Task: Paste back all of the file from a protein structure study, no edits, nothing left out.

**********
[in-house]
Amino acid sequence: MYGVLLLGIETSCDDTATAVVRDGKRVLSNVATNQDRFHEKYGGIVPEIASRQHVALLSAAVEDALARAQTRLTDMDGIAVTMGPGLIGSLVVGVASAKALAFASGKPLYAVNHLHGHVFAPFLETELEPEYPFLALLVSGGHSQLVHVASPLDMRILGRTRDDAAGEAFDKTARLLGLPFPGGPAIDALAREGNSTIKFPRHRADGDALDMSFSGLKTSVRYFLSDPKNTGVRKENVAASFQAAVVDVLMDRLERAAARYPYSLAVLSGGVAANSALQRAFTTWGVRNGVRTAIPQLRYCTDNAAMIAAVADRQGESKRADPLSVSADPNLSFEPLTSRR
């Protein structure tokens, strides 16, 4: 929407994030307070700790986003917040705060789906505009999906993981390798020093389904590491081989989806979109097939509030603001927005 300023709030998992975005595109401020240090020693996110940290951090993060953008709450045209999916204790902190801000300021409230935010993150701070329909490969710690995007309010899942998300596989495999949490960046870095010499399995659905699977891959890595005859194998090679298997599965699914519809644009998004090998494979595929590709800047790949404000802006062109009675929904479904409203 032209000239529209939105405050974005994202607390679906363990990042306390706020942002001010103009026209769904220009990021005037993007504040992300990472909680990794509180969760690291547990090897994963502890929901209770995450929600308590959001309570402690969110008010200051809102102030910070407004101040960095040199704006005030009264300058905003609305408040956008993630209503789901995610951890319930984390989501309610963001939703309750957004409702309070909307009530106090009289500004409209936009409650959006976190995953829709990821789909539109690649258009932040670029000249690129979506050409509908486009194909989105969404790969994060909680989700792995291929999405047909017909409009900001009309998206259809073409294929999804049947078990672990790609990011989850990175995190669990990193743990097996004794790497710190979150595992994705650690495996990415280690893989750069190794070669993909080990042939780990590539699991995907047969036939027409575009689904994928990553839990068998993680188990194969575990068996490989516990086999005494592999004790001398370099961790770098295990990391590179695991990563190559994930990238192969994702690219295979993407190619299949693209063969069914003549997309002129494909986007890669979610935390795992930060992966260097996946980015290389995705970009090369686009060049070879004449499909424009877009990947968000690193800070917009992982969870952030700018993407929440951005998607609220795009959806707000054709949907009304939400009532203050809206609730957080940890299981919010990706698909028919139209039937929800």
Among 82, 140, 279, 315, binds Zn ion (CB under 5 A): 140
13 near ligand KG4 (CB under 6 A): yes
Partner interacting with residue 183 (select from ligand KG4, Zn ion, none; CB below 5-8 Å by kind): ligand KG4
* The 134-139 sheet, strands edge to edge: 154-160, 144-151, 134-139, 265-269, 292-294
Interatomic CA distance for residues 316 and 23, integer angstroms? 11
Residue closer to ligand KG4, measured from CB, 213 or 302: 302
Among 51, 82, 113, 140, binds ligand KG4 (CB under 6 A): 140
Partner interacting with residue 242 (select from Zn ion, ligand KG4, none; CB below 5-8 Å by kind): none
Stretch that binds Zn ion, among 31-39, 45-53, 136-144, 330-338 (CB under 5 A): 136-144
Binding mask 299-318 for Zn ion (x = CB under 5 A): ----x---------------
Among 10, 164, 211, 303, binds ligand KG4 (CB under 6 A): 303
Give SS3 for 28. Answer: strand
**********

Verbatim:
[in-house]
Amino acid sequence: MYGVLLLGIETSCDDTATAVVRDGKRVLSNVATNQDRFHEKYGGIVPEIASRQHVALLSAAVEDALARAQTRLTDMDGIAVTMGPGLIGSLVVGVASAKALAFASGKPLYAVNHLHGHVFAPFLETELEPEYPFLALLVSGGHSQLVHVASPLDMRILGRTRDDAAGEAFDKTARLLGLPFPGGPAIDALAREGNSTIKFPRHRADGDALDMSFSGLKTSVRYFLSDPKNTGVRKENVAASFQAAVVDVLMDRLERAAARYPYSLAVLSGGVAANSALQRAFTTWGVRNGVRTAIPQLRYCTDNAAMIAAVADRQGESKRADPLSVSADPNLSFEPLTSRR
């Protein structure tokens, strides 16, 4: 929407994030307070700790986003917040705060789906505009999906993981390798020093389904590491081989989806979109097939509030603001927005 300023709030998992975005595109401020240090020693996110940290951090993060953008709450045209999916204790902190801000300021409230935010993150701070329909490969710690995007309010899942998300596989495999949490960046870095010499399995659905699977891959890595005859194998090679298997599965699914519809644009998004090998494979595929590709800047790949404000802006062109009675929904479904409203 032209000239529209939105405050974005994202607390679906363990990042306390706020942002001010103009026209769904220009990021005037993007504040992300990472909680990794509180969760690291547990090897994963502890929901209770995450929600308590959001309570402690969110008010200051809102102030910070407004101040960095040199704006005030009264300058905003609305408040956008993630209503789901995610951890319930984390989501309610963001939703309750957004409702309070909307009530106090009289500004409209936009409650959006976190995953829709990821789909539109690649258009932040670029000249690129979506050409509908486009194909989105969404790969994060909680989700792995291929999405047909017909409009900001009309998206259809073409294929999804049947078990672990790609990011989850990175995190669990990193743990097996004794790497710190979150595992994705650690495996990415280690893989750069190794070669993909080990042939780990590539699991995907047969036939027409575009689904994928990553839990068998993680188990194969575990068996490989516990086999005494592999004790001398370099961790770098295990990391590179695991990563190559994930990238192969994702690219295979993407190619299949693209063969069914003549997309002129494909986007890669979610935390795992930060992966260097996946980015290389995705970009090369686009060049070879004449499909424009877009990947968000690193800070917009992982969870952030700018993407929440951005998607609220795009959806707000054709949907009304939400009532203050809206609730957080940890299981919010990706698909028919139209039937929800």
Among 82, 140, 279, 315, binds Zn ion (CB under 5 A): 140
13 near ligand KG4 (CB under 6 A): yes
Partner interacting with residue 183 (select from ligand KG4, Zn ion, none; CB below 5-8 Å by kind): ligand KG4
* The 134-139 sheet, strands edge to edge: 154-160, 144-151, 134-139, 265-269, 292-294
Interatomic CA distance for residues 316 and 23, integer angstroms? 11
Residue closer to ligand KG4, measured from CB, 213 or 302: 302
Among 51, 82, 113, 140, binds ligand KG4 (CB under 6 A): 140
Partner interacting with residue 242 (select from Zn ion, ligand KG4, none; CB below 5-8 Å by kind): none
Stretch that binds Zn ion, among 31-39, 45-53, 136-144, 330-338 (CB under 5 A): 136-144
Binding mask 299-318 for Zn ion (x = CB under 5 A): ----x---------------
Among 10, 164, 211, 303, binds ligand KG4 (CB under 6 A): 303
Give SS3 for 28. Answer: strand